These tactics are nothing new, silencing discourse on the Chinese Communist Party is well known in many parts of the world. Australian Human rights activist, Drew Pavlou is no stranger to these kinds of threats.
I unfortunately am, and now face 7 years in prison alongside Drew.
It has been a massive wakeup call despite my personal history with China. One that stretches back to a vacation in 2014 and a brief stint studying Chinese & International Relations at the University of Leeds in 2019. I was more than aware of the multitude of human rights abuses committed by the Communist Party in China, but never did I believe they would hit so close to home.
At around 4:00PM on Thursday 21st of July, Drew and myself were arrested outside the Chinese Embassy in London, facing multiple unwarranted charges, with most serious including collusion towards a bomb threat made against, and potentially by the Chinese Embassy or CCP sympathisers.
The bomb threat was made via email, using Drew’s name but due to the nature of secure and private email servers such as Proton, the source of the email has yet to be confirmed. Chinese state media, The Global Times, are already framing Drew as a terrorist with the bomb threat itself being sent just hours before the protest action commenced.
After a very minor altercation over flags that included the Tibetan, Uyghur and Taiwanese ones, security grew increasingly aggressive towards Drew as he stood his ground and continued to protest, even pulling out a copy of the New Statesman for much needed company. Not for a second did I think my reporting would be put in jeopardy – so I continued to film.
The embassy premises were largely quiet with little alarm raised from the inside. Eerily calm for an embassy that had just happened to receive a bomb threat.
Continuing to record every detail of the protest, it was hard to ignore the steel barricades outside the embassy doors – alien to any other embassy on Portland Place. Whilst Drew and security were tussling, an unnerving focus on the steel barriers continued to raise alarm bells in my head. This was not your average day at the embassy.
For a moment, I felt an air of invisibility but certainly not invincibility as police sirens echoed in the distance. I was under no illusion that diplomatic police would be kind and that is when the anxiety kicked in.
My gut feeling was right and within seconds, armed police swarmed us from every angle.
A lengthy exchange followed – who, what, where and why, presumably regarding the bomb threat message that the Metropolitan police clearly knew about.
As the stark reality of the barricade came into focus and our initial apprehension, it did not deter Drews protest, or my documentation, but little did we know, a. It was Impeccable timing, and I must give it to those responsible for that. This was sophisticated yet laughable email and we were blindsided.
The metropolitan police played right into CCP sympathisers hands, arrested us, and bundled us into separate vehicles. It was only during a 3-hour wait to see the sergeant that we had our last contact.
And so it began, my 24 hours in detention – with Drew’s stay being slightly less at 23 hours, albeit much more disjointed.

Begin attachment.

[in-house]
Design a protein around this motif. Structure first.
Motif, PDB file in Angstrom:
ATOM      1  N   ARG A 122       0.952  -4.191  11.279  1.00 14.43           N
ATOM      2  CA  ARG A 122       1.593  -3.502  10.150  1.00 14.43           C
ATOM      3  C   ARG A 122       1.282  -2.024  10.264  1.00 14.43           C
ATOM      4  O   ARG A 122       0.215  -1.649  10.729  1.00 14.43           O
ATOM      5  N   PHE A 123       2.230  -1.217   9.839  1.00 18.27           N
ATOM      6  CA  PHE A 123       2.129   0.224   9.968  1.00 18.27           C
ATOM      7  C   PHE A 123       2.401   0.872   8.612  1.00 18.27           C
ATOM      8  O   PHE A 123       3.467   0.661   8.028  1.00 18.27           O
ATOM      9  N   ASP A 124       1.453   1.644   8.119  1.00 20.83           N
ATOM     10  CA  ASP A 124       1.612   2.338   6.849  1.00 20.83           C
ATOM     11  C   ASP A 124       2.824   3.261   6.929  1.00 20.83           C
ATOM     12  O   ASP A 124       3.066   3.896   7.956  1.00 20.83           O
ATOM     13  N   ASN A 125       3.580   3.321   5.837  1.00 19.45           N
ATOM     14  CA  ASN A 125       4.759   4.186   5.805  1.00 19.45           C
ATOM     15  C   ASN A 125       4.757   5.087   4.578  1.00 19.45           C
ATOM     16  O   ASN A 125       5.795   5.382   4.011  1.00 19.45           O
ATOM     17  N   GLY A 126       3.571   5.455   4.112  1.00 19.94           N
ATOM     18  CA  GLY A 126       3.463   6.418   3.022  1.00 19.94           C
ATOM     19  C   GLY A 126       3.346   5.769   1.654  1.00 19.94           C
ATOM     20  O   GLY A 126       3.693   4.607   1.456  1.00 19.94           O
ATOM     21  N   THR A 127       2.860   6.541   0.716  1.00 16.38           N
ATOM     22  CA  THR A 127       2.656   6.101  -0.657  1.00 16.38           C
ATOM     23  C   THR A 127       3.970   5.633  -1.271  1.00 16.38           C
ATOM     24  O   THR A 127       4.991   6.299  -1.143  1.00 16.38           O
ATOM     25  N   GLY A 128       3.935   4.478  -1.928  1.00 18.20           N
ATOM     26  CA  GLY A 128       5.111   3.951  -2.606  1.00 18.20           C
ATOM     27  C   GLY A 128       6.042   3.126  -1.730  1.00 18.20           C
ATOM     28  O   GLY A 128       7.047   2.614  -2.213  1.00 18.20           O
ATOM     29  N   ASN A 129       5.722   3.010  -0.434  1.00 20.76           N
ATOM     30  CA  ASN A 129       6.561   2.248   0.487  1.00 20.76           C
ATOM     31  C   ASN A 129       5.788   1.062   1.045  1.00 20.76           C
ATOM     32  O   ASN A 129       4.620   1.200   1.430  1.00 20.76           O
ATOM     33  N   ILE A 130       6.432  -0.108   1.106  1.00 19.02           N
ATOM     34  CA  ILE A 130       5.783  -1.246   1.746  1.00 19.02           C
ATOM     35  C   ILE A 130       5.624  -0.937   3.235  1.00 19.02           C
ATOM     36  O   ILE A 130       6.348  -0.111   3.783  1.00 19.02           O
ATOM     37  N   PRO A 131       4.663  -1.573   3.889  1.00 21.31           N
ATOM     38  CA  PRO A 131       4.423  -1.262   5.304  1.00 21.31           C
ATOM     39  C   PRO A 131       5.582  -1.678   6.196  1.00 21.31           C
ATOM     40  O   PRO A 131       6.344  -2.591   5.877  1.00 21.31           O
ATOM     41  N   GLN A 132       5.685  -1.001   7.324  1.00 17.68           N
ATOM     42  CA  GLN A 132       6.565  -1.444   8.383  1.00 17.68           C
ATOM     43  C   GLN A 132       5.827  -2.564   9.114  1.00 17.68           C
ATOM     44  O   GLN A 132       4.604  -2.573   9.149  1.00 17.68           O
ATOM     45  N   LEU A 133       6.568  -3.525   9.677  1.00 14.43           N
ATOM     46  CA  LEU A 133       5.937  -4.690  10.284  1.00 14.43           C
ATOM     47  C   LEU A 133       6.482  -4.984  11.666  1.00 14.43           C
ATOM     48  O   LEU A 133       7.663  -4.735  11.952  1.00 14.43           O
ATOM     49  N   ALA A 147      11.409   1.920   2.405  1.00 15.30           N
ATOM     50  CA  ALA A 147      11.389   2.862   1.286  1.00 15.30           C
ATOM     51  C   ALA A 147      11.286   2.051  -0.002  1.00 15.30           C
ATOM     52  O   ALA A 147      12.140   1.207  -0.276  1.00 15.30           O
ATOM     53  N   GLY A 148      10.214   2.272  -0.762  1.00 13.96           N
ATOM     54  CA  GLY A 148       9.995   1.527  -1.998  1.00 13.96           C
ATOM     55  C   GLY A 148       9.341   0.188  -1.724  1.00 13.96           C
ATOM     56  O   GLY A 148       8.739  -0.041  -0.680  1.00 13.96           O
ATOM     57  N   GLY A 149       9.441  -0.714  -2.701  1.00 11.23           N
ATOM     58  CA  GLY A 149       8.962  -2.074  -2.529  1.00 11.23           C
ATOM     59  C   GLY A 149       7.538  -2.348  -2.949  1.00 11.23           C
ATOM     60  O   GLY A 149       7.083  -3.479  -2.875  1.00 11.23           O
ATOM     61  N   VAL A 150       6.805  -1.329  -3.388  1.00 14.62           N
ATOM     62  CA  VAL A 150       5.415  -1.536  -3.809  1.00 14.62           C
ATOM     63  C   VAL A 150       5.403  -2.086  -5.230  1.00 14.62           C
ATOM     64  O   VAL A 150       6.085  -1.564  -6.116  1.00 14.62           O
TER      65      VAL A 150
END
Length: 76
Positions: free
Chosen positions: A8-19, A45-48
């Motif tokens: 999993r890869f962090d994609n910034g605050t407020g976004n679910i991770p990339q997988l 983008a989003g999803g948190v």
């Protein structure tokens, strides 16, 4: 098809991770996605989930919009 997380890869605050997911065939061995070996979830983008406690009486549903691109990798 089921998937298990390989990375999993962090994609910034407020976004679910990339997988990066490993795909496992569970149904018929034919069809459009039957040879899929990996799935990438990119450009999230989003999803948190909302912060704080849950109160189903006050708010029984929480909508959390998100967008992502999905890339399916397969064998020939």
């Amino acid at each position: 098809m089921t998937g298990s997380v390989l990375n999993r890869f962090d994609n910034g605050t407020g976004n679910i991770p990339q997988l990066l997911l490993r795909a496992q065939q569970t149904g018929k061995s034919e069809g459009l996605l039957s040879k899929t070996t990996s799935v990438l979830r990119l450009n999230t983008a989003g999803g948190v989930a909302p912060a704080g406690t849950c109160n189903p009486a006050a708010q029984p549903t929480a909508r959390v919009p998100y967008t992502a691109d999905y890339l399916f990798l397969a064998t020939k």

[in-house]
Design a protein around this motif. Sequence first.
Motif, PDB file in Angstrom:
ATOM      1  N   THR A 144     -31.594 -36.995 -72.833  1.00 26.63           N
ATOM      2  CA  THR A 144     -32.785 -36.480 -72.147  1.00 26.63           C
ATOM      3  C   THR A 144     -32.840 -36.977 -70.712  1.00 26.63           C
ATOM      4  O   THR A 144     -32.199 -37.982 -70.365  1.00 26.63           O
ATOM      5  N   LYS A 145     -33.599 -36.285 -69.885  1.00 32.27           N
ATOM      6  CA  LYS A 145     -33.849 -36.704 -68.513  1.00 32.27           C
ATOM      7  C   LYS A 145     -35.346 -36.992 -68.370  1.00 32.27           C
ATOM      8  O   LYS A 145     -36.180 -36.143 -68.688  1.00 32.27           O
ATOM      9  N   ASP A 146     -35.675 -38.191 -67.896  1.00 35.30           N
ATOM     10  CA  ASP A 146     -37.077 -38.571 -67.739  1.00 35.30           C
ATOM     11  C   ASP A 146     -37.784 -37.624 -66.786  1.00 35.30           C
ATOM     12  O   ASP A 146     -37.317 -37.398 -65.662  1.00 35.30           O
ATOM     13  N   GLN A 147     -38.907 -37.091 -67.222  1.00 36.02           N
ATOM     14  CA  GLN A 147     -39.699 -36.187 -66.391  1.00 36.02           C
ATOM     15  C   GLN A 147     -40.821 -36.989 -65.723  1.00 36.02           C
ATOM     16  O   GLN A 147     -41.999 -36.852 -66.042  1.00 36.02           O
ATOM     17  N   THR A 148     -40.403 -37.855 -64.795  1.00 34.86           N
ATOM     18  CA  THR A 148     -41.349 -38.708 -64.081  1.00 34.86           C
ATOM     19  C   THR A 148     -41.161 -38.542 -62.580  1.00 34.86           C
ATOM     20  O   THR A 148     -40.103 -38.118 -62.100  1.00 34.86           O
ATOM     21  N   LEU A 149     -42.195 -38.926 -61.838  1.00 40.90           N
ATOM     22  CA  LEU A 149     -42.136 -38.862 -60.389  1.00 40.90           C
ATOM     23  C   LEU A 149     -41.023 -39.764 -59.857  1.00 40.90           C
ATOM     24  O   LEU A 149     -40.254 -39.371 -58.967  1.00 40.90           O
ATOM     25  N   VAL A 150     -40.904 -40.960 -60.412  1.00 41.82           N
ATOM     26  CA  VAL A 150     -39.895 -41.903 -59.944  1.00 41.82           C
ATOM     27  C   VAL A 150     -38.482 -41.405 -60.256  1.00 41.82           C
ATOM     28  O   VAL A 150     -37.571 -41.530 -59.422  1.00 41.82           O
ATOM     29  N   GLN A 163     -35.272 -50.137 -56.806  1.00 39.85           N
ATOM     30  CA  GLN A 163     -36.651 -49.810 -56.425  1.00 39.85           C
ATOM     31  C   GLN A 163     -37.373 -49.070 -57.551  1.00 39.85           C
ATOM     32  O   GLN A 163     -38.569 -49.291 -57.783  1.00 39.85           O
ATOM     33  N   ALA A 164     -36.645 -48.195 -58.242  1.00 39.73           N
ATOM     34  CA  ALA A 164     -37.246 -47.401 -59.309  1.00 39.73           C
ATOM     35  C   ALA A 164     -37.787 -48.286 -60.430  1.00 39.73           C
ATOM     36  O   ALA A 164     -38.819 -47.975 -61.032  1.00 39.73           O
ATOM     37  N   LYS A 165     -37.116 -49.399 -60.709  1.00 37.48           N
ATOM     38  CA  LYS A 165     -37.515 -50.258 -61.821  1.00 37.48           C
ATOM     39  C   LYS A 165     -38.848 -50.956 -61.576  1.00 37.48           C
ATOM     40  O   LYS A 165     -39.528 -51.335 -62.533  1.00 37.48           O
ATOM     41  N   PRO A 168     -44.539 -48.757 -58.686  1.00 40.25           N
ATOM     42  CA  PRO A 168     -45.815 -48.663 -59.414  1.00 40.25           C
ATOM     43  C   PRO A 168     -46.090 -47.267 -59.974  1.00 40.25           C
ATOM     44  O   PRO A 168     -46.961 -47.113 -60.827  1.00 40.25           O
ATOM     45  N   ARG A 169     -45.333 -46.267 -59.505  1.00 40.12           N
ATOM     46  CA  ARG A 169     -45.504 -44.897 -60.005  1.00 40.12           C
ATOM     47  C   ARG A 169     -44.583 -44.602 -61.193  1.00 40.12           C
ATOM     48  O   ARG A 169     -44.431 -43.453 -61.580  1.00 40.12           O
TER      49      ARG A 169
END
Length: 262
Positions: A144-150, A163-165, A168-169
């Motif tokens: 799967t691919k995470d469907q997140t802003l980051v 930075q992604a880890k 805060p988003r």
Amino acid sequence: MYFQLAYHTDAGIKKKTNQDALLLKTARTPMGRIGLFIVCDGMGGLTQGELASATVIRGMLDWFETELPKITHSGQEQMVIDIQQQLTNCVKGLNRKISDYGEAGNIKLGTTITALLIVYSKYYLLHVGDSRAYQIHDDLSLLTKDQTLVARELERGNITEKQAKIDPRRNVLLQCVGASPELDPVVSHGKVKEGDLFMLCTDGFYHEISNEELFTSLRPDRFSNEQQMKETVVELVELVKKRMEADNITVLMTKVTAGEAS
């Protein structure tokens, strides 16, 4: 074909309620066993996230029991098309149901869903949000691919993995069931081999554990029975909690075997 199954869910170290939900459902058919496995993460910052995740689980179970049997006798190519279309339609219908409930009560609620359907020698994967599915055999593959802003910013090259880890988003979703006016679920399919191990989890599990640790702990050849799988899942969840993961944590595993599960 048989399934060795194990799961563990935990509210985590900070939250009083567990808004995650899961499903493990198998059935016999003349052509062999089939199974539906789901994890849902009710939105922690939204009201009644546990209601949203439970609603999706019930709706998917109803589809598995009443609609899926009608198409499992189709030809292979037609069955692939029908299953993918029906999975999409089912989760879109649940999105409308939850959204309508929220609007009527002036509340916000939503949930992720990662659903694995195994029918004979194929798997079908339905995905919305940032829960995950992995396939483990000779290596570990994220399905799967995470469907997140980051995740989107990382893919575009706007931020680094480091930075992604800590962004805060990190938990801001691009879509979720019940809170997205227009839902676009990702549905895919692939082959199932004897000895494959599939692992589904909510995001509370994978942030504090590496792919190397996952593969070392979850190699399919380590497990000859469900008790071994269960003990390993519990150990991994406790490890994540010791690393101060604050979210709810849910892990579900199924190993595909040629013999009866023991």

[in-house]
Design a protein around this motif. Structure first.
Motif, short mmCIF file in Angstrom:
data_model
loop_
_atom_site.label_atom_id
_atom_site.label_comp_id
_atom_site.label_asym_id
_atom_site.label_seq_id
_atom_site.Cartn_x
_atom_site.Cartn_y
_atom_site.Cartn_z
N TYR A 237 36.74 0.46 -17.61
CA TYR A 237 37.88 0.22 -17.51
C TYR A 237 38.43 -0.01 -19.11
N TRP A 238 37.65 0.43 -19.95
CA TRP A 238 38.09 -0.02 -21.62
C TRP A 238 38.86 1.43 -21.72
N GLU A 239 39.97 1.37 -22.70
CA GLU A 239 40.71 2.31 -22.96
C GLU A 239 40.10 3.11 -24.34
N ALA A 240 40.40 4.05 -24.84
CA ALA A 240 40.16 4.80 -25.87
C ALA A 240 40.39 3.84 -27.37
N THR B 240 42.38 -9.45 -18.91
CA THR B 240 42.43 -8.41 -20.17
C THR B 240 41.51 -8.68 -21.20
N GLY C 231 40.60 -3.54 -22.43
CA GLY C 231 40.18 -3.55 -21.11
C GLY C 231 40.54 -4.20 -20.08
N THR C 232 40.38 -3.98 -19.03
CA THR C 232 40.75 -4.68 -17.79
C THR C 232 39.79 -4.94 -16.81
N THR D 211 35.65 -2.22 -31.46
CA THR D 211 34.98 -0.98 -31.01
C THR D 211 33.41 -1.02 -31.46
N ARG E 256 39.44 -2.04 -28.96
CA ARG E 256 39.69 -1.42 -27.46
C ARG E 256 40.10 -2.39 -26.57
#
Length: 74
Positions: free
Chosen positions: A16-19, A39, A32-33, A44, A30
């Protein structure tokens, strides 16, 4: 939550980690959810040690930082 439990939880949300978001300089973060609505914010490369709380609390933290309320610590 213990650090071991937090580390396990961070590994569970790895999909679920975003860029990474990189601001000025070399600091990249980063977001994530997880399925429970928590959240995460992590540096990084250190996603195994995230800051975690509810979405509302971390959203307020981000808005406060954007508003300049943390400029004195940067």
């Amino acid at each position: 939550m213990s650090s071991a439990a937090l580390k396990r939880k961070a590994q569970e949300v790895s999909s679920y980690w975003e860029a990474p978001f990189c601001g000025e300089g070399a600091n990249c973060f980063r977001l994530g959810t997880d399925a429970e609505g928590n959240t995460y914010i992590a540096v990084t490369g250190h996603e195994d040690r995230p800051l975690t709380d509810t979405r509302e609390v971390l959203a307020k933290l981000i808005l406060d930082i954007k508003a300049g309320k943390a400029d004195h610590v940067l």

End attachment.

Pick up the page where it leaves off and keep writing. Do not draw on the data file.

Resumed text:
He was denied access to Lawyers despite them calling numerous times and being questioned without a solicitor present at 4AM.
Intimidation tactics were clearly at play in our Charing Cross cells but if anything, it shows an egregious lack of understanding from the Met over how the CCP and its legion of online agitators operate. There was no need for such a prolonged detention, soon to become a costly investigation into a blatantly dead-in-the-water case. It is not as though Drew had not made himself known at the Wimbledon final.
Diplomatic immunity will keep the embassy staff free from any future charges if they are found responsible, but for Drew and myself, we are not safe.
Would I seriously put my career at risk? Would Drew put it all on the line for shoddy hoax email? I do not think so, and the home office, as well as the Met and the diplomatic police need to take a long hard look at who the real criminals are in this situation.
This sets a dangerous precedent that Hong Kongers, Taiwanese and Australians like Drew have been combatting for years. We dismiss it in the UK insofar as justifying our economic relationship as the glue that keeps us cooperating.
Chinese state influence, be it direct or indirect is going to have an enormous impact on our justice system, politics, and media – if there was a time to get clued up, it would be now.
Outgoing PM, Boris Johnson, said at a NATO conference in late June “that there are areas in which we need to compete, contest and sometimes challenge what China is up to”.
We have our casus belli to begin challenging the tidal wave of CCP influence that is coming our way, but the current government silence on anything but the leadership contest means this could well be brushed under the rug.
The two of us face a long road ahead in legal terms but both our plights aside – the investigations and its conclusion will set the tone for how the British state deal with CCP influence going forward.
The metropolitan police are going to play a large part in that overall response strategy – if there ever is one that is not an empty set of promises.
So, my advice to the Met?
Forewarned is forearmed, and you were certainly armed, just make sure you know your target better.